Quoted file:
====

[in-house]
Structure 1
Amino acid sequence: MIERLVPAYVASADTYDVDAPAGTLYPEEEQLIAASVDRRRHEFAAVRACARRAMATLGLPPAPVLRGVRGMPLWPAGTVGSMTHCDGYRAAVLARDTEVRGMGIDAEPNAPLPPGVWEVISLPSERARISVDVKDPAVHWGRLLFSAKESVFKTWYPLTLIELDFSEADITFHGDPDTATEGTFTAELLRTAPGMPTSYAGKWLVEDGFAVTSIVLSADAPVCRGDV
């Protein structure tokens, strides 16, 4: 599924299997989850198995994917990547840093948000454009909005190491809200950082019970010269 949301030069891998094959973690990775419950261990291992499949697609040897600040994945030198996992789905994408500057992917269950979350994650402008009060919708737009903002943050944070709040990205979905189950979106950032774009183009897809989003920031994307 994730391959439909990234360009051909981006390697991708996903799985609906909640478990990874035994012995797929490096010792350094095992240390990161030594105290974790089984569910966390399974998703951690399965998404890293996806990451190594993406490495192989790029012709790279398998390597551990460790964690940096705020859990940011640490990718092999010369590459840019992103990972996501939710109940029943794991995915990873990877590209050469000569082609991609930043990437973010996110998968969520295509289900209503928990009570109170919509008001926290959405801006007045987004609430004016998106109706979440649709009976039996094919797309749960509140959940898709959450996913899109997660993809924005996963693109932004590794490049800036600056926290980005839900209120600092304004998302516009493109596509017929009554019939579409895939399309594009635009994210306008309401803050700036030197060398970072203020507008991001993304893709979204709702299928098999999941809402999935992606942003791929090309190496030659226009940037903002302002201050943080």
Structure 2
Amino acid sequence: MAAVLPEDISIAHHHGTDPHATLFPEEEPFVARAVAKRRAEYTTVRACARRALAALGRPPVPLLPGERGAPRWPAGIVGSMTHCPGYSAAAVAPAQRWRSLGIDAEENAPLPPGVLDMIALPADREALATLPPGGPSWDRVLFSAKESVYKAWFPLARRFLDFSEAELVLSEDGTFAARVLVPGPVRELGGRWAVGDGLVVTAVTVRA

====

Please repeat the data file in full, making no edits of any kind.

[in-house]
Structure 1
Amino acid sequence: MIERLVPAYVASADTYDVDAPAGTLYPEEEQLIAASVDRRRHEFAAVRACARRAMATLGLPPAPVLRGVRGMPLWPAGTVGSMTHCDGYRAAVLARDTEVRGMGIDAEPNAPLPPGVWEVISLPSERARISVDVKDPAVHWGRLLFSAKESVFKTWYPLTLIELDFSEADITFHGDPDTATEGTFTAELLRTAPGMPTSYAGKWLVEDGFAVTSIVLSADAPVCRGDV
């Protein structure tokens, strides 16, 4: 599924299997989850198995994917990547840093948000454009909005190491809200950082019970010269 949301030069891998094959973690990775419950261990291992499949697609040897600040994945030198996992789905994408500057992917269950979350994650402008009060919708737009903002943050944070709040990205979905189950979106950032774009183009897809989003920031994307 994730391959439909990234360009051909981006390697991708996903799985609906909640478990990874035994012995797929490096010792350094095992240390990161030594105290974790089984569910966390399974998703951690399965998404890293996806990451190594993406490495192989790029012709790279398998390597551990460790964690940096705020859990940011640490990718092999010369590459840019992103990972996501939710109940029943794991995915990873990877590209050469000569082609991609930043990437973010996110998968969520295509289900209503928990009570109170919509008001926290959405801006007045987004609430004016998106109706979440649709009976039996094919797309749960509140959940898709959450996913899109997660993809924005996963693109932004590794490049800036600056926290980005839900209120600092304004998302516009493109596509017929009554019939579409895939399309594009635009994210306008309401803050700036030197060398970072203020507008991001993304893709979204709702299928098999999941809402999935992606942003791929090309190496030659226009940037903002302002201050943080």
Structure 2
Amino acid sequence: MAAVLPEDISIAHHHGTDPHATLFPEEEPFVARAVAKRRAEYTTVRACARRALAALGRPPVPLLPGERGAPRWPAGIVGSMTHCPGYSAAAVAPAQRWRSLGIDAEENAPLPPGVLDMIALPADREALATLPPGGPSWDRVLFSAKESVYKAWFPLARRFLDFSEAELVLSEDGTFAARVLVPGPVRELGGRWAVGDGLVVTAVTVRA